See also: Cram

English edit

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Etymology edit

From Middle English crammen, from Old English crammian (to cram; stuff), from Proto-West Germanic *krammōn, from Proto-Germanic *krammōną, a secondary verb derived from *krimmaną (to stuff), from Proto-Indo-European *ger- (to assemble; collect; gather). Compare Old English crimman (to cram; stuff; insert; press; bruise), Icelandic kremja (to squeeze; crush; bruise).

Pronunciation edit

  • IPA(key): /kɹæm/
    • (file)
  • Rhymes: -æm

Verb edit

cram (third-person singular simple present crams, present participle cramming, simple past and past participle crammed)

  1. (transitive) To press, force, or drive, particularly in filling, or in thrusting one thing into another; to stuff; to fill to superfluity.
    to cram fruit into a basket; to cram a room with people
    • 2012, Andrew Martin, Underground Overground: A passenger's history of the Tube, Profile Books, →ISBN, page 244:
      Are we to blame Livingstone for Tube overcrowding? In part, yes, but as Sir John Eliot had observed in 1955, while Chairman of the London Transport Executive: 'They're not crammed in. They cram themselves in.'
    • 2022 November 16, Paul Bigland, “From rural branches to high-speed arteries”, in RAIL, number 970, page 55:
      The storm has passed when I arrive at Southampton Central, but more fun is to come. The station platforms and waiting rooms are crammed with people, many toting enormous amounts of baggage as they have just come off a cruise liner.
  2. (transitive) To fill with food to satiety; to stuff.
    The boy crammed himself with cake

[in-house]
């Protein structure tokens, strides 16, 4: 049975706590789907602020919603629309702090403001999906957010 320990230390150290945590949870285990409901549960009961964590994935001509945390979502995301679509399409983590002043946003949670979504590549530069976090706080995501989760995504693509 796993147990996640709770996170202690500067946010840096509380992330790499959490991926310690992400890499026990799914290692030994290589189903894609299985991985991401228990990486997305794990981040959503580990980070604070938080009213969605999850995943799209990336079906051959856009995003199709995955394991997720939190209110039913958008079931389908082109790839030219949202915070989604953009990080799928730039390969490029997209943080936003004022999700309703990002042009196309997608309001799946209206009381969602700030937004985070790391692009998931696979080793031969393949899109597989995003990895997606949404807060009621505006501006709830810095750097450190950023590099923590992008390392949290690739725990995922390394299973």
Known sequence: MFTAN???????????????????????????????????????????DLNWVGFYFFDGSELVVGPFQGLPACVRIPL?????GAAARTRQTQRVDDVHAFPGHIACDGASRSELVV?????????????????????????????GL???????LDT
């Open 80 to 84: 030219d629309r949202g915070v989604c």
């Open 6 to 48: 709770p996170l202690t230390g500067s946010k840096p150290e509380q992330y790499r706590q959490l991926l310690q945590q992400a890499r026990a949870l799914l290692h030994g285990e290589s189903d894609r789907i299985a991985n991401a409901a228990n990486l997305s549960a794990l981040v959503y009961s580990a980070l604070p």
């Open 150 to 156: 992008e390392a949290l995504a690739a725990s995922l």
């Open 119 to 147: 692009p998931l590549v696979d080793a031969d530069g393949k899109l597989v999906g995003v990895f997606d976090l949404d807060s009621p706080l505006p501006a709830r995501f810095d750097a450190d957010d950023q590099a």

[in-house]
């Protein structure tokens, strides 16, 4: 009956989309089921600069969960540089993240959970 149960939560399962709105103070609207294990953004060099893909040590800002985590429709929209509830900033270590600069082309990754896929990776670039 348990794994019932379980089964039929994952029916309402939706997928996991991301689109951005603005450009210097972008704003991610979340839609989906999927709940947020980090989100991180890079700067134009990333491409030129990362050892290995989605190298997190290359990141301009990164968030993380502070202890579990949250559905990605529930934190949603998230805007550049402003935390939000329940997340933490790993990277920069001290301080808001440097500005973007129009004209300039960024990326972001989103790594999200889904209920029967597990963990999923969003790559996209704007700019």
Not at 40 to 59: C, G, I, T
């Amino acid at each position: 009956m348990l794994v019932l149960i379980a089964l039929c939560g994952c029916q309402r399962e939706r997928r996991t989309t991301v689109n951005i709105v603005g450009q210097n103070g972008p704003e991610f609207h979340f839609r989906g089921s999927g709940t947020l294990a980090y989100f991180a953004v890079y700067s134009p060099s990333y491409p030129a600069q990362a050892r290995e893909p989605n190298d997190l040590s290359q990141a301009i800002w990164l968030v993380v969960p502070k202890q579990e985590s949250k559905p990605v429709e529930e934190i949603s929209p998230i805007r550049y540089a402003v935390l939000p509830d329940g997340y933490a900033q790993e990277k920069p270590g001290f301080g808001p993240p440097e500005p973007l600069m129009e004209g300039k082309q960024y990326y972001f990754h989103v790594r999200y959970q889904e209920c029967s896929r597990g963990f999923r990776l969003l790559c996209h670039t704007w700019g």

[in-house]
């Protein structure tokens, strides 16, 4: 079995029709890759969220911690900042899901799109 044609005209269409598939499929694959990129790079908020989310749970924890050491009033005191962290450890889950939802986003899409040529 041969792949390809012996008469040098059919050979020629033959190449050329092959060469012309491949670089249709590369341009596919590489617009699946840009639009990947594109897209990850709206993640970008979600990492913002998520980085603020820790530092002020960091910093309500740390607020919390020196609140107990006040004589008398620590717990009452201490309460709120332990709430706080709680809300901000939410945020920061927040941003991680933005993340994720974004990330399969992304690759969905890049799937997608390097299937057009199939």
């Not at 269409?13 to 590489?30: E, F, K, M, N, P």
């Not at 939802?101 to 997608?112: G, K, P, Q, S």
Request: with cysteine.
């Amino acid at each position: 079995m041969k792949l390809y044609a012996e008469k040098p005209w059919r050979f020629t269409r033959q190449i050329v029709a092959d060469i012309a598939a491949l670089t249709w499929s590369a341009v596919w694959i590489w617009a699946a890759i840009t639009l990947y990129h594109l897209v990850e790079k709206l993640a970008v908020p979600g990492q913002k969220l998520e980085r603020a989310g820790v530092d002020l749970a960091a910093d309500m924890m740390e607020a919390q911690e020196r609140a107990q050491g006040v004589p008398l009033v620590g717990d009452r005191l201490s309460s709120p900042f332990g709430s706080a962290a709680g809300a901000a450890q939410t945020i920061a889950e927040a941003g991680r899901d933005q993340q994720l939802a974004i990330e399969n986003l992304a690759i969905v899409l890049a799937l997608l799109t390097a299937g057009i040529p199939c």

3. (transitive) To put hastily through an extensive course of memorizing or study, as in preparation for an examination.
    A pupil is crammed by his tutor.
  4. (intransitive) To study hard; to swot.
  5. (intransitive) To eat greedily, and to satiety; to stuff oneself.
  6. (intransitive, dated, British slang) To lie; to intentionally not tell the truth.
  7. (transitive, dated, British slang) To make (a person) believe false or exaggerated tales.

Derived terms edit

Translations edit

Noun edit

cram (countable and uncountable, plural crams)

  1. The act of cramming (forcing or stuffing something).
  2. Information hastily memorized.
    a cram from an examination
  3. (weaving) A warp having more than two threads passing through each dent or split of the reed.
  4. (dated, British slang) A lie; a falsehood.
    Synonyms: see Thesaurus:lie
  5. (uncountable) A mathematical board game in which players take turns placing dominoes horizontally or vertically until no more can be placed, the loser being the player who cannot continue.
  6. A small friendship book with limited space for people to enter their information.
    • 2017, Mark Duffett, Fan Identities and Practices in Context: Dedicated to Music, page 194:
      Regular friendship books had a variety of variations, such as slams, crams, and decos.
    • 2019, Manjit Bal, Lovingly Yours - Penpals:
      Pen pals also make and pass around friendship books, slams and crams. In recent years, pen pal correspondence with prison inmates has gained acceptance on the Internet.

Translations edit

References edit

  • (verb senses: studying and telling lies): 1873, John Camden Hotten, The Slang Dictionary

Anagrams edit